Of course, now that I've painted myself as a total lush, I'll say that my pregnant self is sober and looking forward to a lovely margarita or caipirinha directly after delivery.

Bridget Avila

My Blog

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on our first visit to beautiful new orleans, we had a moment that really brought the whole "go cup" point home for us.

sitting in our hotel's lobby bar, waiting for a couple of friends to go to dinner. i ordered a glass of wine, my husband ordered one of those daquiris...my wine is just okay, and he says his daquiri tastes "off", and asks me to taste it. well, you know that after a sip of his drink, my wine tastes awful...our buddies arrive, and we are about 5 steps out the hotel door, when we hear hurried footsteps behind us, and turn to see the barman approaching us...(i think my husband has forgotten to pay the bill.) the barman says "excuse me, folks, but you left your drinks behind!" yes, we know..."but, don't you want a go cup?!" no, it's okay, really. then he kinda shakes his head, as he's walking back to the hotel, like he's never seen anyone leave liquor on the table on purpose before...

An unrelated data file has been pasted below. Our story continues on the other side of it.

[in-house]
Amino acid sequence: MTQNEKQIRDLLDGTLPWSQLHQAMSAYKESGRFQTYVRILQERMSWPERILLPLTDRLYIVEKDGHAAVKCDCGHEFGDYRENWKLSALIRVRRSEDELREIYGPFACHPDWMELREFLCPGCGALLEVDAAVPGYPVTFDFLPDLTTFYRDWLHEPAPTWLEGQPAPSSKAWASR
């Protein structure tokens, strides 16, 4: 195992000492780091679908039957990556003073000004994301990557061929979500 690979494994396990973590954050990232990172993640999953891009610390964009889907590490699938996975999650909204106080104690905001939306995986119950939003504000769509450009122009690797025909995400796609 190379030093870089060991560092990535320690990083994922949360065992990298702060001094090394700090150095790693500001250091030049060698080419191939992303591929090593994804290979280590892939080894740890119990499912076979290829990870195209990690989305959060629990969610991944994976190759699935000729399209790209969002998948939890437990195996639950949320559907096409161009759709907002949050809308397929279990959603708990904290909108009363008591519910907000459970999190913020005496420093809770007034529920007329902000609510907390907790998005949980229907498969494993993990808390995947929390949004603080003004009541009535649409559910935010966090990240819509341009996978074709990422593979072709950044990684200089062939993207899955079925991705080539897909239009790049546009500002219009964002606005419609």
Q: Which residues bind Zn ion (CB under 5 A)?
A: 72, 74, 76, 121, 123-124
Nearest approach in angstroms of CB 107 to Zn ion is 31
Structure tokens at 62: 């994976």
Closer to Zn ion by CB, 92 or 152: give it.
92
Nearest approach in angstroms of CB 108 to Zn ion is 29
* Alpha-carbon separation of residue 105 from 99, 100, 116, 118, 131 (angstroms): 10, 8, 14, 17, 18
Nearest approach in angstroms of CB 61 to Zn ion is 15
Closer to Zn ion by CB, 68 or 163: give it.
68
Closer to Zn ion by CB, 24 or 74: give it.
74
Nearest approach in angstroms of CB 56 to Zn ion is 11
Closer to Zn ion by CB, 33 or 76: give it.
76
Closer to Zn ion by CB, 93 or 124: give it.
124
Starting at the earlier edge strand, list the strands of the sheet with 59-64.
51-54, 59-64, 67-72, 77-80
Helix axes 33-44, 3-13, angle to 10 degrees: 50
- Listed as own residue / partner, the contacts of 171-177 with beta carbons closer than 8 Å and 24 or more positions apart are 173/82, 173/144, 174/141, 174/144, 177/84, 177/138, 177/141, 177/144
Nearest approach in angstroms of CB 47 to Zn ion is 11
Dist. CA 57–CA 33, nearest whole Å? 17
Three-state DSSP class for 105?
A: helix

on my recent trip to uglesich's, i enjoyed one of miss gail's marvelous bloody marys while standing in line...i love new orleans!

edited for spelling

Edited by chezcherie (log)

"Laughter is brightest where food is best."

www.chezcherie.com

Author of The I Love Trader Joe's Cookbook ,The I Love Trader Joe's Party Cookbook and The I Love Trader Joe's Around the World Cookbook

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Now I live in this insanely legalistic state called Maryland.  I can't even buy beer or wine in a grocery store, much less pick up a bottle of vodka.  And what really ticks me off is that the state even regulates which distributors can sell in a given county.  No distributors handle Abita in my county, so my liquor store can't order it for me.  Absolutely un-American.

Of course, now that I've painted myself as a total lush, I'll say that my pregnant self is sober and looking forward to a lovely margarita or caipirinha directly after delivery.

I feel your pain as another over-regulated citizen of Maryland. I'm not sure about your local liquor ordering (I guess you're Anne Arundel Co.), as I used to order from Corridor Wine (the big store at the B.W. Parkway & Rt 198 in Laurel, which is in Anne Arundel) and they'd get the liquor from a distributor in Baltimore. Maybe it's different for beer than for liquor.

People in NOLa don't know how good they have it until they come to Maryland. Though in Charles County (Waldorf) you used to be able to get a cup of ice at the drive through window at the liquor store. Probably no more

Thanks,

Kevin